The interior design highlight is a dashboard colour-matched to the exterior paintwork to give a real ‘classic car’ feel. The rather upright seating position and tall roof means four adults can fit inside, but getting in the back is a bit awkward. And, although few will choose a city car for its luggage space, the 185 litres on offer here is considerably less than the 250 litres in a Volkswagen up! and Hyundai i10.
Speaking of trim levels, permanently resident in the range is the Pop entry model, but Fiat has traditionally offered special-edition versions that change frequently and tend to add unique styling, colours and wheels, along with different equipment and upholstery. Pop gets some desirable features like LED ‘halo’ daytime running lights, electric windows and a USB connection, but we’d recommend upgrading to any of the other trim levels which come with a 7-inch touchscreen infotainment system, plus a selection of features such as air-conditioning, alloy wheels, rear parking sensors, cruise control, fog lights and a split-folding rear seat, which many people won’t want to do without. Currently, the trims and special editions include Pop, Dolcevita, Dolcevita Plus and (RED).
Cars with the seven-inch infotainment system also get Fiat’s Uconnect system, including Bluetooth connectivity, DAB radio, Apple CarPlay and Android Auto. However, this system is starting to feel its age, particularly compared with the technology in the latest electric Fiat 500.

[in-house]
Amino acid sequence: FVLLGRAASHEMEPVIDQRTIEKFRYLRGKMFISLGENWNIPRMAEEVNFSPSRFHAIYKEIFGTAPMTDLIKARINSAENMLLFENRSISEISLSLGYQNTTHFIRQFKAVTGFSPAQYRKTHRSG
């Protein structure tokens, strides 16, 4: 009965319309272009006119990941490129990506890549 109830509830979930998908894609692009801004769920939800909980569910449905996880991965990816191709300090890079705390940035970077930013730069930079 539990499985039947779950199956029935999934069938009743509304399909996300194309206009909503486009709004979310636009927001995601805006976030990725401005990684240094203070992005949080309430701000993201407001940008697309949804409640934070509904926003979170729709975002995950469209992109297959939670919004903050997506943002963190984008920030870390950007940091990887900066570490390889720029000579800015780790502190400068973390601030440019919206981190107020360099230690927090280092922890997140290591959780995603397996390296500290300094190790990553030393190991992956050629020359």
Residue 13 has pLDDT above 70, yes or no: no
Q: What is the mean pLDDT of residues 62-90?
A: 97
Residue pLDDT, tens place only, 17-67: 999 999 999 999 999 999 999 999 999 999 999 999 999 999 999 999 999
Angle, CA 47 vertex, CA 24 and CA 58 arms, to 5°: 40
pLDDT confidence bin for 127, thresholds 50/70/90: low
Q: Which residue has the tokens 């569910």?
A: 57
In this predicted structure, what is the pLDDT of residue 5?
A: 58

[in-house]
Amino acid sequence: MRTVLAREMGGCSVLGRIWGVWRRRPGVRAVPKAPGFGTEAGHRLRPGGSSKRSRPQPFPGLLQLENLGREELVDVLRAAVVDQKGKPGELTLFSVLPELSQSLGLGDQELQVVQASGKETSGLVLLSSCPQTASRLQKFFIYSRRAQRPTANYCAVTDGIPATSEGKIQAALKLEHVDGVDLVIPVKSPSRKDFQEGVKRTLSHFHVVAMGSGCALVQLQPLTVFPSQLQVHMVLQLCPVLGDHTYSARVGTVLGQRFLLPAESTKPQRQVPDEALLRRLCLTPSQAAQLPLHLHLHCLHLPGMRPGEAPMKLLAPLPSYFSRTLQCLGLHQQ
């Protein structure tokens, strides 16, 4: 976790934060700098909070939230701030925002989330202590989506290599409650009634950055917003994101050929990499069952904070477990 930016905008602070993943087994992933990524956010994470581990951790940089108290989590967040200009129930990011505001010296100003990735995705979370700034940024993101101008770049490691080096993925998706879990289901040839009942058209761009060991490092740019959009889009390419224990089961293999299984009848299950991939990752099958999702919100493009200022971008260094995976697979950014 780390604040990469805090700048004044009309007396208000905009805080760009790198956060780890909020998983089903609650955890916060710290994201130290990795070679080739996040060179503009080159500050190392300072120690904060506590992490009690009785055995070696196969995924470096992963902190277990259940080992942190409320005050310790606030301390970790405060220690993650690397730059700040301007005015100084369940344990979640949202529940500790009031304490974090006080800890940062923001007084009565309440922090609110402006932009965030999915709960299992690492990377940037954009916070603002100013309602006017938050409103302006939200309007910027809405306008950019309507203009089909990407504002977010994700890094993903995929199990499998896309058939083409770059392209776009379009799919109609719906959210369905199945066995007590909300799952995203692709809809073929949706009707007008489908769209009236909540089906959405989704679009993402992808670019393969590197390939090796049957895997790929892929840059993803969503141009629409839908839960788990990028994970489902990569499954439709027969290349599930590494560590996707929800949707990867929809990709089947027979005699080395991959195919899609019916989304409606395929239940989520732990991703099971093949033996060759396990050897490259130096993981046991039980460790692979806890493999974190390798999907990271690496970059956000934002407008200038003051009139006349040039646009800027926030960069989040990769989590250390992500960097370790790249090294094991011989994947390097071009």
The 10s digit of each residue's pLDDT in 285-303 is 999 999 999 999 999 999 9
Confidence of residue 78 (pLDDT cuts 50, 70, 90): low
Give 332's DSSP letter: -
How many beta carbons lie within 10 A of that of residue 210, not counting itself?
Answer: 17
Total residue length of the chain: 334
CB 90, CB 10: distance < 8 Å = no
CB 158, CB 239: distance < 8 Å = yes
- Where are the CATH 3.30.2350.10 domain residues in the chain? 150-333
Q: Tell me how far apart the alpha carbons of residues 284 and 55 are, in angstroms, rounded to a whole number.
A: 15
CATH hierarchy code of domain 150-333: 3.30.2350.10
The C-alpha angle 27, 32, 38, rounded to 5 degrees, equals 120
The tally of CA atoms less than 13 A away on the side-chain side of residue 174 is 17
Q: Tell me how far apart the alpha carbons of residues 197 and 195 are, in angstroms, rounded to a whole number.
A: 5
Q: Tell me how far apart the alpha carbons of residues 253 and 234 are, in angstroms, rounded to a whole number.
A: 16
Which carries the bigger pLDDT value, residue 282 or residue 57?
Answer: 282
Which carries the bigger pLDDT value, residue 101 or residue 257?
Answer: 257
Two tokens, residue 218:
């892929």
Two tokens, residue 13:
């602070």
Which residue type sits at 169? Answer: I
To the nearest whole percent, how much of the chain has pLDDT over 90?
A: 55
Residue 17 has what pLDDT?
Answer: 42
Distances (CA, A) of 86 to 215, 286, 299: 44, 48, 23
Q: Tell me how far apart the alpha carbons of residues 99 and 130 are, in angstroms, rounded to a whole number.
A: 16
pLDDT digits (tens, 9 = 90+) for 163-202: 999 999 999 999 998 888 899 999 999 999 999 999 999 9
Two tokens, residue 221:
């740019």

Reliability and safety both cause some concerns. All 500s come with seven airbags, anti-lock brakes, hill-start assistance and systems to help with emergency stops. But this final version of the second-gen 500 received a disappointing score of three out of five stars when it was crash-tested by Euro NCAP, so it falls well short of rivals in that department. The 500 finished 67th out of the 75 cars ranked in our 2021 Driver Power owner satisfaction survey of cars currently on sale in the UK, and didn’t rank at all in our 2022 Driver Power survey.
What about buying a used or nearly new Fiat 500?
The Fiat 500 has been on sale since 2008 and as it’s been a big seller since then, there are absolutely loads of examples on the second-hand market. You can buy older models for a few thousand pounds or newer models for around the as-new asking price, but the best-value cars are somewhere in between.
What’s its history?
The Fiat 500 arrived in 2008 and was an instant hit - buyers loved its retro looks and the simple mechanical parts meant that it was affordable to buy. Small engines kept running costs low as well, so it was especially popular with younger drivers.
The initial range included 1.2 and 1.4-litre petrol versions and a 1.3-litre diesel. A two-cylinder 0.9-litre TwinAir model was added to the range later, and then there were a few changes over the years that boosted the power of the diesel and TwinAir engines. A 1.0-litre ‘mild hybrid’ engine was added in 2020, too.
There was a facelift in 2015 that changed the look very slightly, but for the most part the 500 has had the same design all these years. This means even the early cars still look up-to-date and make a great used buy.
Used Fiat 500 (Mk1 2008-present)
We’d make sure you buy carefully if you’re after a cheap early car, as they’re getting quite old now and may need repairs if you’re not careful. Go for a newer model and you can choose the excellent TwinAir engine - though it’s not the most economical - or the new 1.0-litre mild hybrid, which is really efficient. Avoid the diesel versions unless you do a lot of miles each year.
Read the full Fiat 500 Mk1 review...